Working memory in middle-aged males: age-related brain activation changes and cognitive fatigue effects

E.B. Klaassen, E.A.T. Evers, R.H.M. de Groot, W.H. Backes, D.J. Veltman, J. Jolles

Research output: Contribution to journalArticleAcademicpeer-review

6 Citations (Scopus)

Abstract

We examined the effects of aging and cognitive fatigue on working memory (WM) related brain activation using functional magnetic resonance imaging. Age-related differences were investigated in 13 young and 16 middle-aged male school teachers. Cognitive fatigue was induced by sustained performance on cognitively demanding tasks (compared to a control condition). Results showed a main effect of age on left dorsolateral prefrontal and superior parietal cortex activation during WM encoding; greater activation was evident in middle-aged than young adults regardless of WM load or fatigue condition. An interaction effect was found in the dorsomedial prefrontal cortex (DMPFC); WM load-dependent activation was elevated in middle-aged compared to young in the control condition, but did not differ in the fatigue condition due to a reduction in activation in middle-aged in contrast to an increase in activation in the young group. These findings demonstrate age-related activation differences and differential effects of fatigue on activation in young and middle-aged adults.
Original languageEnglish
Pages (from-to)134-143
JournalBiological Psychology
Volume96
DOIs
Publication statusPublished - 1 Jan 2014

Cite this

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title = "Working memory in middle-aged males: age-related brain activation changes and cognitive fatigue effects",
abstract = "We examined the effects of aging and cognitive fatigue on working memory (WM) related brain activation using functional magnetic resonance imaging. Age-related differences were investigated in 13 young and 16 middle-aged male school teachers. Cognitive fatigue was induced by sustained performance on cognitively demanding tasks (compared to a control condition). Results showed a main effect of age on left dorsolateral prefrontal and superior parietal cortex activation during WM encoding; greater activation was evident in middle-aged than young adults regardless of WM load or fatigue condition. An interaction effect was found in the dorsomedial prefrontal cortex (DMPFC); WM load-dependent activation was elevated in middle-aged compared to young in the control condition, but did not differ in the fatigue condition due to a reduction in activation in middle-aged in contrast to an increase in activation in the young group. These findings demonstrate age-related activation differences and differential effects of fatigue on activation in young and middle-aged adults.",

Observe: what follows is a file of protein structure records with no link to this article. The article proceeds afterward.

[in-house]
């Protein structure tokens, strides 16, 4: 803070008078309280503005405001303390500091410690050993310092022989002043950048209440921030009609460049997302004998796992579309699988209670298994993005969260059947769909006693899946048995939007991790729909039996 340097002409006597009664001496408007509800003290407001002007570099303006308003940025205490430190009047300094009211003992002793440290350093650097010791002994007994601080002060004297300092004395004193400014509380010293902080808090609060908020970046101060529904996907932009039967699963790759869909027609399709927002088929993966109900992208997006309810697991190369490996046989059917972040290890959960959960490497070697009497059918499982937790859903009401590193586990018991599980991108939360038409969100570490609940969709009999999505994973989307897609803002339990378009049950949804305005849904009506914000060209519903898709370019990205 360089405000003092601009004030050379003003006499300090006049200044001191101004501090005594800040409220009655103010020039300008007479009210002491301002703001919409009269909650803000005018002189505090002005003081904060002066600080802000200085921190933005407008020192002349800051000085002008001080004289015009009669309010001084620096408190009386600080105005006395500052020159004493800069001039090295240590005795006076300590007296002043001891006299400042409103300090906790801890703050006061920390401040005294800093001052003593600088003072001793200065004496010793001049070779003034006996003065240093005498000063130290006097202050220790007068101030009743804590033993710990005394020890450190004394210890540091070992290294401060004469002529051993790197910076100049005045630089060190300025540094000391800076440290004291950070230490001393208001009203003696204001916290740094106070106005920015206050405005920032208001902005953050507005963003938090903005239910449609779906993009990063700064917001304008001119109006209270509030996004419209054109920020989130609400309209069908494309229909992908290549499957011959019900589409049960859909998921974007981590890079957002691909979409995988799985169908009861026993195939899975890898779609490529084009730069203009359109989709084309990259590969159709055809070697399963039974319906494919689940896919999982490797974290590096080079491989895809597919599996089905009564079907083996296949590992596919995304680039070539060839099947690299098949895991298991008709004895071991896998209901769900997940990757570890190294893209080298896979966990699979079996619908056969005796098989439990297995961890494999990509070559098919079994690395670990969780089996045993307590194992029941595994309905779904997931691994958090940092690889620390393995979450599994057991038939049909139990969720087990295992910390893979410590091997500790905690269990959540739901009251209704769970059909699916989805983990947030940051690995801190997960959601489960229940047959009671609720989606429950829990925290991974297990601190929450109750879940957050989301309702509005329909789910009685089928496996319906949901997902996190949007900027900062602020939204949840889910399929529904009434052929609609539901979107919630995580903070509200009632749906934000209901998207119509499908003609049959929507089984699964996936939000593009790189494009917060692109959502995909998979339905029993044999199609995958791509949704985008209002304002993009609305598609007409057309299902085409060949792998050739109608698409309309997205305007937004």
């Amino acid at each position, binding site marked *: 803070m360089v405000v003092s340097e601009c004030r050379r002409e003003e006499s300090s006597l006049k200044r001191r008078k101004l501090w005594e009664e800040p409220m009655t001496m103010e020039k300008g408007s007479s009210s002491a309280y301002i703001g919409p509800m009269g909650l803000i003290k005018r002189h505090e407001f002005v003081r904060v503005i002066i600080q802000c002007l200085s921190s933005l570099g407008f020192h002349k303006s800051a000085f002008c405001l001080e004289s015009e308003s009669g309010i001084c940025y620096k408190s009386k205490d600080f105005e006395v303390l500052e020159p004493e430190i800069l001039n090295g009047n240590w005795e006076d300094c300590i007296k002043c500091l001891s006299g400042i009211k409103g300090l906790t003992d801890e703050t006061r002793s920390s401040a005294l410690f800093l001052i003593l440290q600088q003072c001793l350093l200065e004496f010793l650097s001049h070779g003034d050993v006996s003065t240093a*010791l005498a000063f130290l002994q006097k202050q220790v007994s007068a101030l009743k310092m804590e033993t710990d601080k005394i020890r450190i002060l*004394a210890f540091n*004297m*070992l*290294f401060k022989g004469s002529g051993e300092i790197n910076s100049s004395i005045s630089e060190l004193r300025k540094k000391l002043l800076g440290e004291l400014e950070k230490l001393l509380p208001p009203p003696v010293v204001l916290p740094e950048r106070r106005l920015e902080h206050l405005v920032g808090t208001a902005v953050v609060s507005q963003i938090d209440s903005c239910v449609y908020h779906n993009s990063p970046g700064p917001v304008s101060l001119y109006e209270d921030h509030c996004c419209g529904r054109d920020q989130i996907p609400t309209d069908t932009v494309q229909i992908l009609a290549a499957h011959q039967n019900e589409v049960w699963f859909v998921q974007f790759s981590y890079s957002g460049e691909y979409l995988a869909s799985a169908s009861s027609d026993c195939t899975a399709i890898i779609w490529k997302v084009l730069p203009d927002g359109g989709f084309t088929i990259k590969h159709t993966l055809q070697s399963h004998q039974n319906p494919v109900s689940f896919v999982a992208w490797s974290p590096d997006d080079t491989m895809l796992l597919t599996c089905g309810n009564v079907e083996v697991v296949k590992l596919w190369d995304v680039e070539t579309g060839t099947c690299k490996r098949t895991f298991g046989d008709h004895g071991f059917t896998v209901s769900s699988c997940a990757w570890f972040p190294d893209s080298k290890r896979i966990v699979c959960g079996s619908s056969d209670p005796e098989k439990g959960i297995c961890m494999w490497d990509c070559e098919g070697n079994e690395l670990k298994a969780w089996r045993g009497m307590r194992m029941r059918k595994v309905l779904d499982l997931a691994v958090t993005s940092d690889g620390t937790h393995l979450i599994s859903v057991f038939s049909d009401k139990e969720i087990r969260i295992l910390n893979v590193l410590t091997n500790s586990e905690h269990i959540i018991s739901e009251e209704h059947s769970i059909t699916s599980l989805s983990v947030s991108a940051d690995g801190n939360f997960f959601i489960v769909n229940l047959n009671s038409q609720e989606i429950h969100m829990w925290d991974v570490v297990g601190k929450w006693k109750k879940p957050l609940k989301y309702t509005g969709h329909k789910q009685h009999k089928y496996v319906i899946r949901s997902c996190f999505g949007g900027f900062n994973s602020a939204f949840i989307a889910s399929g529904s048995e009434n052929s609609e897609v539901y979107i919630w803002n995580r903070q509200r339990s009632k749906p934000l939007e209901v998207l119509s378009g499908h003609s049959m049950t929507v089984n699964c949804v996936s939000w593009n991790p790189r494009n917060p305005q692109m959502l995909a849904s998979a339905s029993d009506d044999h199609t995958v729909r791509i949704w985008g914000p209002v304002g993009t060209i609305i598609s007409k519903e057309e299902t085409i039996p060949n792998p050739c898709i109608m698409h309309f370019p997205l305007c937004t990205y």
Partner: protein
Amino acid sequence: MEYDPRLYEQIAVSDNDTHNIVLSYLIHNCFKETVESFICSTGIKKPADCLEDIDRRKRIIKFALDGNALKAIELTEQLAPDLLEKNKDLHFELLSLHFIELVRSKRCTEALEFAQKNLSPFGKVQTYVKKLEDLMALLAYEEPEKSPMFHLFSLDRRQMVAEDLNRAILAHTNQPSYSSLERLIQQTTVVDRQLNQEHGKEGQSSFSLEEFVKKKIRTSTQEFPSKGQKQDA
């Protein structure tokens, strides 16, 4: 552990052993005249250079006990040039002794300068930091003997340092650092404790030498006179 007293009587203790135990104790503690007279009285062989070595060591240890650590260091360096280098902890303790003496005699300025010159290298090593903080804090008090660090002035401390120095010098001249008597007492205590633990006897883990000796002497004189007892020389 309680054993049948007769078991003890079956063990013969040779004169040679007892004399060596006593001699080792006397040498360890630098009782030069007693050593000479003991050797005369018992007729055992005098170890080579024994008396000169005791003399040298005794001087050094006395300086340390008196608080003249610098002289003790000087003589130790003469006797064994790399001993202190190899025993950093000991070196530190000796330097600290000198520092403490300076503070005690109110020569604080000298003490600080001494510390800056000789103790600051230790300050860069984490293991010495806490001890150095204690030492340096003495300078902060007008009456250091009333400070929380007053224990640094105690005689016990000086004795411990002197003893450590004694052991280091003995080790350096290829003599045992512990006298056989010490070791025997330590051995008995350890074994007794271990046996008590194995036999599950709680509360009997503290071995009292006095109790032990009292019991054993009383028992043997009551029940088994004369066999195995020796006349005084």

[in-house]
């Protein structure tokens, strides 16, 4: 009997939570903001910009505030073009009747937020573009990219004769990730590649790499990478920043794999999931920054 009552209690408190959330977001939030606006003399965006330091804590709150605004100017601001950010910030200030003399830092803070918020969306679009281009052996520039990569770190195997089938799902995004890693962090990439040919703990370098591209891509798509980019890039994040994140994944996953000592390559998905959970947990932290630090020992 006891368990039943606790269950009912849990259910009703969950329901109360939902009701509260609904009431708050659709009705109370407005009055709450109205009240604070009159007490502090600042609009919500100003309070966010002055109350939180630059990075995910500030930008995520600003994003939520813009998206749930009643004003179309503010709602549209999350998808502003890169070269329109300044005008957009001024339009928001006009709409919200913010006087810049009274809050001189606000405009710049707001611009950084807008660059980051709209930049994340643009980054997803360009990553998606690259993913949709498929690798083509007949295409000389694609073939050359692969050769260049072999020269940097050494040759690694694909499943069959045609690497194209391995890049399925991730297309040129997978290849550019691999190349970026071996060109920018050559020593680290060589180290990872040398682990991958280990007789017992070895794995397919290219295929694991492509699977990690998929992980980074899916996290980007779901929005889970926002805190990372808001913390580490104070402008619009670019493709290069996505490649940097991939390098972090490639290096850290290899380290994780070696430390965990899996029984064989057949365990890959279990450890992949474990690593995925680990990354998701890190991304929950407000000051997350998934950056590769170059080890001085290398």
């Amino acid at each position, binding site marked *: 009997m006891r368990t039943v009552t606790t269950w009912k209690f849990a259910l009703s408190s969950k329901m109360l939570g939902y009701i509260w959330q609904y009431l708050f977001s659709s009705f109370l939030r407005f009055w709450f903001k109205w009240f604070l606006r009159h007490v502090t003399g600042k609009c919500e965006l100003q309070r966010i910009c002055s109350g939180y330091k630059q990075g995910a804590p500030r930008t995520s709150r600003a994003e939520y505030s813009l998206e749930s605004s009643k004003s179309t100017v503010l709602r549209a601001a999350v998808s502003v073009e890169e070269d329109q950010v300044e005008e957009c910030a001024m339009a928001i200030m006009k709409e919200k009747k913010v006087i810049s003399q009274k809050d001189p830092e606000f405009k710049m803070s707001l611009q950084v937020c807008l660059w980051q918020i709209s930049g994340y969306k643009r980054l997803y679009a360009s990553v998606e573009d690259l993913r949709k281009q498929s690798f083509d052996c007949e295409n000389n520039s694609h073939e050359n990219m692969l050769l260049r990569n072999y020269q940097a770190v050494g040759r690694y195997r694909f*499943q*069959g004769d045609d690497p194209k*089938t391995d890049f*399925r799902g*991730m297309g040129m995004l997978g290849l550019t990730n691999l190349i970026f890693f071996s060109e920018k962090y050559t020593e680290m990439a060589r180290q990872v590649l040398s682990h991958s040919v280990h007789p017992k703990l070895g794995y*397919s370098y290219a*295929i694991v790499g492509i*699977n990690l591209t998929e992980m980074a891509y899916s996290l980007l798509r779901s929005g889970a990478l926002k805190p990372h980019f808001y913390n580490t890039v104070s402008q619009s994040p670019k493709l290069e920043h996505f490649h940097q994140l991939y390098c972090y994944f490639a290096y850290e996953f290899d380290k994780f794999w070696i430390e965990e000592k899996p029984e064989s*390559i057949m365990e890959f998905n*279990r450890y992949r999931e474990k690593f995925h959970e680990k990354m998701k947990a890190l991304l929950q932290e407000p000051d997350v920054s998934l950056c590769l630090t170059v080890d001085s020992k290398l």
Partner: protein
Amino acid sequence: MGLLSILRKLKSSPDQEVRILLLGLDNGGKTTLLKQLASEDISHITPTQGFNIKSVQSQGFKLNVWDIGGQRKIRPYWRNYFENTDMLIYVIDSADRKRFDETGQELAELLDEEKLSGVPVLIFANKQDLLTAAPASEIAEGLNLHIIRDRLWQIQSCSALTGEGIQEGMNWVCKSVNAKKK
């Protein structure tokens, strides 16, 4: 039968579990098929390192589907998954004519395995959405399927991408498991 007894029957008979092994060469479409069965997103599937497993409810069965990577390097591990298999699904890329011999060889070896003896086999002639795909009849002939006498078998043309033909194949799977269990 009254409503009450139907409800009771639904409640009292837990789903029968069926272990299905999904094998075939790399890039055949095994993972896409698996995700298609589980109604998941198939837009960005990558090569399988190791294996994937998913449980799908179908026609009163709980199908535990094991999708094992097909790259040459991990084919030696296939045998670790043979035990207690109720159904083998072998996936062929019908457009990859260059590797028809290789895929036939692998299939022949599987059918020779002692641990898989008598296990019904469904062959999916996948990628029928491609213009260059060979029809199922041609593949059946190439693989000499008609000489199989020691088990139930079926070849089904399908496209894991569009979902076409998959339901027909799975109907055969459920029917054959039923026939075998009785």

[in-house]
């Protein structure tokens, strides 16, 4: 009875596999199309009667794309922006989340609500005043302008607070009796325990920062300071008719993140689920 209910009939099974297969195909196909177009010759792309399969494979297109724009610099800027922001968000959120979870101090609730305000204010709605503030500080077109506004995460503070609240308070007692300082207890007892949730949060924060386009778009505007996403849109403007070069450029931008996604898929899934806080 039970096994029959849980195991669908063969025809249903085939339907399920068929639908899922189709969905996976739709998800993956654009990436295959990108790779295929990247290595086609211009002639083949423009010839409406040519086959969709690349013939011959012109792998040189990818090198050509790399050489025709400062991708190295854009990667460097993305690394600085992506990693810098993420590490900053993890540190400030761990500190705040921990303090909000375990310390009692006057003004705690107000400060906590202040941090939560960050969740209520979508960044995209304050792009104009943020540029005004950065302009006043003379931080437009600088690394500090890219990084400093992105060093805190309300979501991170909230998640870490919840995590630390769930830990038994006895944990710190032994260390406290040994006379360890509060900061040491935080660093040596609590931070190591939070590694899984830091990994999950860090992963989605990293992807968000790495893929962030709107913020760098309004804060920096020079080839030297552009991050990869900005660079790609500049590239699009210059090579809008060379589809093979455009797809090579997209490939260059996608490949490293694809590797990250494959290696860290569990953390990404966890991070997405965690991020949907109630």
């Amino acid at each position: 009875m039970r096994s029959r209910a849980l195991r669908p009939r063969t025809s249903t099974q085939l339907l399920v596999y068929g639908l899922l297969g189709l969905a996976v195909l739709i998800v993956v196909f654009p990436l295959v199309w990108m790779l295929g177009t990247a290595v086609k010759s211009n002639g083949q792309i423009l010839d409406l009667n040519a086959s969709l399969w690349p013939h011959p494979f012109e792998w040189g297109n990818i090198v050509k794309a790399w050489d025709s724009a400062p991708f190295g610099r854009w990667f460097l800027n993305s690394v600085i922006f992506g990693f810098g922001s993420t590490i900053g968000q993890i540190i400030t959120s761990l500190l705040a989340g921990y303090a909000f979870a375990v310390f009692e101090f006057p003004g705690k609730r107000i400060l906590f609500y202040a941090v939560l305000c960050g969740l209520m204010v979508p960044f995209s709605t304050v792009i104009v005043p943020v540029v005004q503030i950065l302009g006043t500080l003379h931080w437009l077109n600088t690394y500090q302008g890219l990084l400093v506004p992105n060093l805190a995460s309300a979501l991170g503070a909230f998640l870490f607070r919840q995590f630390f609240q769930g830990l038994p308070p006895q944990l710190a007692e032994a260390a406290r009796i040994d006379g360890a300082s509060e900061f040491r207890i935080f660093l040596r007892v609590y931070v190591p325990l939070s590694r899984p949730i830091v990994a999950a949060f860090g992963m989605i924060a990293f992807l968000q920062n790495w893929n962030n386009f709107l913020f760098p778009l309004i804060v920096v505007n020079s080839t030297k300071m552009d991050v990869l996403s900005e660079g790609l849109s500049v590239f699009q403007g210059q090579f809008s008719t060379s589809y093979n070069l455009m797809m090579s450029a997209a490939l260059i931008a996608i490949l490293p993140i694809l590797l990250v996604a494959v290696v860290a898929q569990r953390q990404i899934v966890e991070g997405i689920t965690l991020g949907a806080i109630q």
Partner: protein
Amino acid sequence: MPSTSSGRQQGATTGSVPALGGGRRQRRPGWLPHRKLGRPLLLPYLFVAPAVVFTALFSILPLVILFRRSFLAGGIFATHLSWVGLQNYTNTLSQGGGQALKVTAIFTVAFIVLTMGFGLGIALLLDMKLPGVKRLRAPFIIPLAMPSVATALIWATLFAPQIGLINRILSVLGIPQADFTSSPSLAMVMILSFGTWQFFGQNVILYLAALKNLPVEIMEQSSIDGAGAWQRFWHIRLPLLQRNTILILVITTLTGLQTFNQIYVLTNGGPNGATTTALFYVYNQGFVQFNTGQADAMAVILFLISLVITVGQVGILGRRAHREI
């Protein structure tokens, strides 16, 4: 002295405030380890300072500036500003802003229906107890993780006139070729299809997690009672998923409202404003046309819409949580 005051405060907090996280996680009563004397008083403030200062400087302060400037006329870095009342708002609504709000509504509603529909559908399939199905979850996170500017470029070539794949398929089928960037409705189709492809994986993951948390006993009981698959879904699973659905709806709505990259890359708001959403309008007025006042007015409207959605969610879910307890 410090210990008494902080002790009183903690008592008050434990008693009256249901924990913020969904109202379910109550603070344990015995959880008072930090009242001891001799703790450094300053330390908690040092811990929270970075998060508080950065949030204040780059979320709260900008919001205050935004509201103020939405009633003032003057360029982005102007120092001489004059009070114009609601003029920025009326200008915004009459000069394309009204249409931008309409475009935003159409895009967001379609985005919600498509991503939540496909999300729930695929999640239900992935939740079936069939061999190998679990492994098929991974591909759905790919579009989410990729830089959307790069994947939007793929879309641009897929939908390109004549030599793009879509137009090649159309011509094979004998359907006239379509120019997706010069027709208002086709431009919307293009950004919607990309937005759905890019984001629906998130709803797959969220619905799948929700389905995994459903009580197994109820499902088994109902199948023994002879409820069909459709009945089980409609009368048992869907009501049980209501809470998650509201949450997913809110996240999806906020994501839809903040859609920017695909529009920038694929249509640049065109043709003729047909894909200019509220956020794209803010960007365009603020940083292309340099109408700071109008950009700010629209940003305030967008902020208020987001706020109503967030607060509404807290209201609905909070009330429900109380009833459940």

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Working memory in middle-aged males: age-related brain activation changes and cognitive fatigue effects. / Klaassen, E.B.; Evers, E.A.T.; de Groot, R.H.M.; Backes, W.H.; Veltman, D.J.; Jolles, J.

In: Biological Psychology, Vol. 96, 01.01.2014, p. 134-143.

Research output: Contribution to journalArticleAcademicpeer-review

TY - JOUR

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AU - Klaassen, E.B.

AU - Evers, E.A.T.

AU - de Groot, R.H.M.

AU - Backes, W.H.

AU - Veltman, D.J.

AU - Jolles, J.

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AB - We examined the effects of aging and cognitive fatigue on working memory (WM) related brain activation using functional magnetic resonance imaging. Age-related differences were investigated in 13 young and 16 middle-aged male school teachers. Cognitive fatigue was induced by sustained performance on cognitively demanding tasks (compared to a control condition). Results showed a main effect of age on left dorsolateral prefrontal and superior parietal cortex activation during WM encoding; greater activation was evident in middle-aged than young adults regardless of WM load or fatigue condition. An interaction effect was found in the dorsomedial prefrontal cortex (DMPFC); WM load-dependent activation was elevated in middle-aged compared to young in the control condition, but did not differ in the fatigue condition due to a reduction in activation in middle-aged in contrast to an increase in activation in the young group. These findings demonstrate age-related activation differences and differential effects of fatigue on activation in young and middle-aged adults.

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